To be watched for is BLACK-HEADED GROSBEAK. This species, which used to be found only in the extreme southwest corner of the province, seems to have been slowly pushing northward through the foothills, being reported now almost annually somewhere southwest or northwest of Calgary. In the Summer of 2016, a bird was clearly heard singing across the road from a marsh on 192 Street just south of 242 avenue. At a marsh further south of that location, a bird that sounded like a SUMMER TANAGER sang in June of 2013.

There have also been many interesting non-Songbird records in the Hills. For instance one cool November morning I was driving to a nearby Shopping Centre when I noticed a Loon flying above the car off to the left. It was not that high off the ground, but, I was unable to get a clear look at it, but was able to see that in the direction it was going it had a very good chance of coming down in Sheriff King Slough which was only a couple of miles further southward. I dropped my wife off to shop and went over to check, and, sure enough, there was the Loon alright, but even better, it was a RED-THROATED LOON, the most uncommon Loon in the Calgary area other than Yellow-billed.

On March 27, 2016, I was birding in the Hills. One of my regular stops was a large dugout with an island on the north side of 242 Avenue just west of Springwell Farms. At this dugout there is a fairly large contingent of resident Canada Geese who have been inhabiting the site for the past few years. They are incredibly faithful to the site and have returned year after year to raise their young. However, For some reason, this site has proved attractive to 2 species of Cackling Geese in Spring migration. One of them is the Minima subspecies which is the smallest of the 4 basic Cackling Gull morphs and is from western Alaska. The other is from even farther away, the Aleutian Islands. I know of only 1 prior record of this species in Alberta that being in the Fall of 2007 in Calgary. Latin name for the ALEUTIAN GOOSE is Branta Hutchinsonii Leucoparaiea. But, we won’t stop with those 2 subspecies, the dugout has also played host to the common Hutchinson’s Canada Geese which breeds in the Canadian Arctic and migrates through the prairie east of the Front Ranges in large numbers in some years. Here is a picture of the ALEUTIAN GOOSE.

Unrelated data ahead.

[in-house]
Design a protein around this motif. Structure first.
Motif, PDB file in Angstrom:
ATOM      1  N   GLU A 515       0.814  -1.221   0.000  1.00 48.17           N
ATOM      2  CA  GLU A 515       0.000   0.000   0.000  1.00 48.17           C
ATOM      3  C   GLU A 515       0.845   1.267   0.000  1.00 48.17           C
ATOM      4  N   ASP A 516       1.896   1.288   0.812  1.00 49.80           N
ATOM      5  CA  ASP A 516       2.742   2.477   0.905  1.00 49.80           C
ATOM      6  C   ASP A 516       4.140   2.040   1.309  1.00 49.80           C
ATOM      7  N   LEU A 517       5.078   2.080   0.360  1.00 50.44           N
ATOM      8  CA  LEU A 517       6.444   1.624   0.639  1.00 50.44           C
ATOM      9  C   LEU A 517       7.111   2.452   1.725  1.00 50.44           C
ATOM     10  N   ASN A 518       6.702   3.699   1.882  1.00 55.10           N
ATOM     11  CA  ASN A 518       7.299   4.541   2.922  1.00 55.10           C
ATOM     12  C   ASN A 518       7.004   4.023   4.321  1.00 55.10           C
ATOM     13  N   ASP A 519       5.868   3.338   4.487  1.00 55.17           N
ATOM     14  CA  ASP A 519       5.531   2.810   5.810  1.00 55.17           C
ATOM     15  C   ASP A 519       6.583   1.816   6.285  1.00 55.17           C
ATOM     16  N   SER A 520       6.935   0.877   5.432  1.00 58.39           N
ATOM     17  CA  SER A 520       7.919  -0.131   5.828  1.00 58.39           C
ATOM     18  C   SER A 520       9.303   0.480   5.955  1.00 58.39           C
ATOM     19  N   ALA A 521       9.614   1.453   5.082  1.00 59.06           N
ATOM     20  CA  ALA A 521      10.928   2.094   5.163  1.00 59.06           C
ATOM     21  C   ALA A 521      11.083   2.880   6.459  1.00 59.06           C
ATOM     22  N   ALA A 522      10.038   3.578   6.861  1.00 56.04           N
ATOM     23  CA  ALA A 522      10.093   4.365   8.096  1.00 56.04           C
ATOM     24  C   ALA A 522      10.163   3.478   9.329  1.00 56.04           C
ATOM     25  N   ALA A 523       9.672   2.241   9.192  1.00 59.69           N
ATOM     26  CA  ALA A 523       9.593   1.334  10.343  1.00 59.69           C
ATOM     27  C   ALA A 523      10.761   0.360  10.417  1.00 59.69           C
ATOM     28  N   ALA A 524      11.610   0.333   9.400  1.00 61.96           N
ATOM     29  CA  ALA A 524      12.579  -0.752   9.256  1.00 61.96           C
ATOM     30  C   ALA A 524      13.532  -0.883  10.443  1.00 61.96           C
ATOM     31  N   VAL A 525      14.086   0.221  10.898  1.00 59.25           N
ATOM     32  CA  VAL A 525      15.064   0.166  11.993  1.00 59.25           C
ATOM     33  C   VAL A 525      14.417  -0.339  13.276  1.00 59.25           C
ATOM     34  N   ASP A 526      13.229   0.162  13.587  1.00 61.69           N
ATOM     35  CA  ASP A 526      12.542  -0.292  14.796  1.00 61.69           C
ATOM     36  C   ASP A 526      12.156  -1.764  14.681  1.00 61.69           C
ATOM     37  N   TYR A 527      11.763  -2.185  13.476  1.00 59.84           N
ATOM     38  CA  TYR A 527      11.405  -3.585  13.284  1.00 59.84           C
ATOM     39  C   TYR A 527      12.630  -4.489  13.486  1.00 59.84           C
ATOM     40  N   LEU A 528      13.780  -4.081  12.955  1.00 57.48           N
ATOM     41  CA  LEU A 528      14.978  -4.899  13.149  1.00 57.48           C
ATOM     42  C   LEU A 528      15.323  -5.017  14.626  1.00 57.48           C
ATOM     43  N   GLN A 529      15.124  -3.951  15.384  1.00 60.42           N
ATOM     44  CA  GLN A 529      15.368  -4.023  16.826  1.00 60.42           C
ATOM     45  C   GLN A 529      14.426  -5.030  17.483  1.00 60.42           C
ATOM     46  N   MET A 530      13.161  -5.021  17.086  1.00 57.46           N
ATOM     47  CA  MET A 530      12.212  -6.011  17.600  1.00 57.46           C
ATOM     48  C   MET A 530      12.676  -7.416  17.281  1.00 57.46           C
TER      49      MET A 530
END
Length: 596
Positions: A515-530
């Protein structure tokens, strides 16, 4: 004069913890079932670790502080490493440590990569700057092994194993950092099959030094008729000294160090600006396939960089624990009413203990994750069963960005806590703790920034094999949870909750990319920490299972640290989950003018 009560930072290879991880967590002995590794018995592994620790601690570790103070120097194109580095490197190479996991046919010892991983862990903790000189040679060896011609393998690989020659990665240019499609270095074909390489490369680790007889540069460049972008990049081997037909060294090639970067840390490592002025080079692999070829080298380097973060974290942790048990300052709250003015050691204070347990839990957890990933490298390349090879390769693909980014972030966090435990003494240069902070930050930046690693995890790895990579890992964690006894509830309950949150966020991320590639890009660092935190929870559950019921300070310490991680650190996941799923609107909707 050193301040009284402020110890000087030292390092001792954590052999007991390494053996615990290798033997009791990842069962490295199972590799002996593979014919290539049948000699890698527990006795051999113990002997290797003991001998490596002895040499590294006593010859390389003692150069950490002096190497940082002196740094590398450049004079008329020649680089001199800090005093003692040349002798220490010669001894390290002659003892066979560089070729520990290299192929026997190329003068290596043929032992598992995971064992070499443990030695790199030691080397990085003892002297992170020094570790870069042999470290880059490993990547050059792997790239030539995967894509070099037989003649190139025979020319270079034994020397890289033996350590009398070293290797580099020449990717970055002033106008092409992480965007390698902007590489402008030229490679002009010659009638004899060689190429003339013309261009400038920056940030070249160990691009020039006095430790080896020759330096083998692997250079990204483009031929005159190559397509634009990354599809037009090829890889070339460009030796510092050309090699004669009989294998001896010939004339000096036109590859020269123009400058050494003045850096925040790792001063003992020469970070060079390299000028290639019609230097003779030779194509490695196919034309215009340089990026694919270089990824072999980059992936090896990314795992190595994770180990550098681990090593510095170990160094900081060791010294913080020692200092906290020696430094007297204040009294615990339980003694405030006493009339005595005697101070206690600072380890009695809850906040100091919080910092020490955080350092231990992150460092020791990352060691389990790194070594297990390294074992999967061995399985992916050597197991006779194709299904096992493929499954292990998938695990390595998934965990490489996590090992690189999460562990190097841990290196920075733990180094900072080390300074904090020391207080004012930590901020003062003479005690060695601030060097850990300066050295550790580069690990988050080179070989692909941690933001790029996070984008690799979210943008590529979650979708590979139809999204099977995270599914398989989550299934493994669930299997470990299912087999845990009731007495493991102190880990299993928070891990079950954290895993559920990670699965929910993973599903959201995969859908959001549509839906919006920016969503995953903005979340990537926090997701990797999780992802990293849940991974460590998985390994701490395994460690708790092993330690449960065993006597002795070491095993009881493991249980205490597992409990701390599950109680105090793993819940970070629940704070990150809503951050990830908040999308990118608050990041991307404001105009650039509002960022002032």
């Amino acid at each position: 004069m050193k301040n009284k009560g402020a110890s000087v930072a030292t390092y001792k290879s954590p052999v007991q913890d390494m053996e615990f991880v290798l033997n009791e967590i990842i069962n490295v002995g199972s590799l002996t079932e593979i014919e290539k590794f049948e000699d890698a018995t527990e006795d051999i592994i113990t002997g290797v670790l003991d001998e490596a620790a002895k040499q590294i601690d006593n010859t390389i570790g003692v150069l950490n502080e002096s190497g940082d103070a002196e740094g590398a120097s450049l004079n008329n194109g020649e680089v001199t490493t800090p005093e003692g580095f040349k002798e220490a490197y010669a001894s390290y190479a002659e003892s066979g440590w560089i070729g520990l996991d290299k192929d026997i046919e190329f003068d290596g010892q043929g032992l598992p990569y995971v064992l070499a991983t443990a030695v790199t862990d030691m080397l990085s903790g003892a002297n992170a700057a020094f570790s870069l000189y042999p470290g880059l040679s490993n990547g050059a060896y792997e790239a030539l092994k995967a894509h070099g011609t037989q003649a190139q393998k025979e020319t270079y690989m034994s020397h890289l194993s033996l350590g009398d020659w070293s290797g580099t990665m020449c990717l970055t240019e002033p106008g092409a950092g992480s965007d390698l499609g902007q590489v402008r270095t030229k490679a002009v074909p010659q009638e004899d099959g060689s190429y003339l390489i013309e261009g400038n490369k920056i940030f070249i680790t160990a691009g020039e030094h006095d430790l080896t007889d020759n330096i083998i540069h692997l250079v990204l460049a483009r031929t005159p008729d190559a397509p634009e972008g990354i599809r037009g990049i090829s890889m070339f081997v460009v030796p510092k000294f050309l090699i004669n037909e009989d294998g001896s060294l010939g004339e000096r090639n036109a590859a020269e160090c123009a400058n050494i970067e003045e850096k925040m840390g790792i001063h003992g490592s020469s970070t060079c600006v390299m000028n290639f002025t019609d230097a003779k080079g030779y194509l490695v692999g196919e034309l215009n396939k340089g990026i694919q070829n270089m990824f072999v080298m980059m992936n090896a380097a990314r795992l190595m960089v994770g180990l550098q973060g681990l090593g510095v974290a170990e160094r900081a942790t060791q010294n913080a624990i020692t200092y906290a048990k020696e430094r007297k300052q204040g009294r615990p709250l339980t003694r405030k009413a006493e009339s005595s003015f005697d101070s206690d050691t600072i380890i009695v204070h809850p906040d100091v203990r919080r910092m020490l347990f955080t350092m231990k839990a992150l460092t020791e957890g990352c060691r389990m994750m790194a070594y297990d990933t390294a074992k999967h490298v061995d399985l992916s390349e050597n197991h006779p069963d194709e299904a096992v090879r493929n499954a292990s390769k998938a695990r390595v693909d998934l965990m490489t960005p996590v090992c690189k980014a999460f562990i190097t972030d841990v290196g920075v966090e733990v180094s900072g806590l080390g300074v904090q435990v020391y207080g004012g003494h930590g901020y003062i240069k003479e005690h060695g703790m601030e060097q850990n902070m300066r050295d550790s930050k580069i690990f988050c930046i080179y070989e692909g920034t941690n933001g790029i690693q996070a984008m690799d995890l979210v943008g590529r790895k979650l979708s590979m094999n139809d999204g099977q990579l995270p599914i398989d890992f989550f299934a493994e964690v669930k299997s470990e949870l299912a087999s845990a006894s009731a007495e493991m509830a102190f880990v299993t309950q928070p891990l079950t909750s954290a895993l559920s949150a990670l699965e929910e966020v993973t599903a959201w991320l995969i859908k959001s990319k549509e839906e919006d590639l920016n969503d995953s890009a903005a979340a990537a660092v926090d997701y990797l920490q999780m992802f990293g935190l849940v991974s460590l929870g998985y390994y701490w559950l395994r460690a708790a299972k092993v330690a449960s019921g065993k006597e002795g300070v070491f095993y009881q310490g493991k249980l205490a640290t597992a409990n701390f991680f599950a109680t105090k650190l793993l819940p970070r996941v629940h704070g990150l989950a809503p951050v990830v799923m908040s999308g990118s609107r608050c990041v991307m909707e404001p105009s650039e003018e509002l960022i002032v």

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Aleutian Goose (Branta Hutchinsii Leucoparaiea). March 27, 2016.

Another sighting of interest occurred in the summer of 2009. I came across what looked like a juvenile RED-BREASTED MERGANSER on the 160 Street pond. This would have been amazingly unusual in the months of June and July. I could recall only one record previously of a RED-BREASTED MERGANSER here in the summer months and that was a bird on Railway Slough in the Irricana Sloughs. If I recall correctly that would have been in the 1990s.

Yet another unusual sighting amongst the non-Songbirds occurred during a Calgary area May Species Count. I believe it was early in the new millennium. It was drizzling rain all day and at the time I was on Sheriff King Street. I could see some California Gulls in a fallow field off to the west. A different bird from them was in the same field perhaps a hundred metres or so to the north. It had a black cap and was about Gull size and was watching the California Gulls. Through the rain I could see that the bird was a PARASITIC JAEGER! Well, one couldn’t ask for a better bird than that on a May Species Count.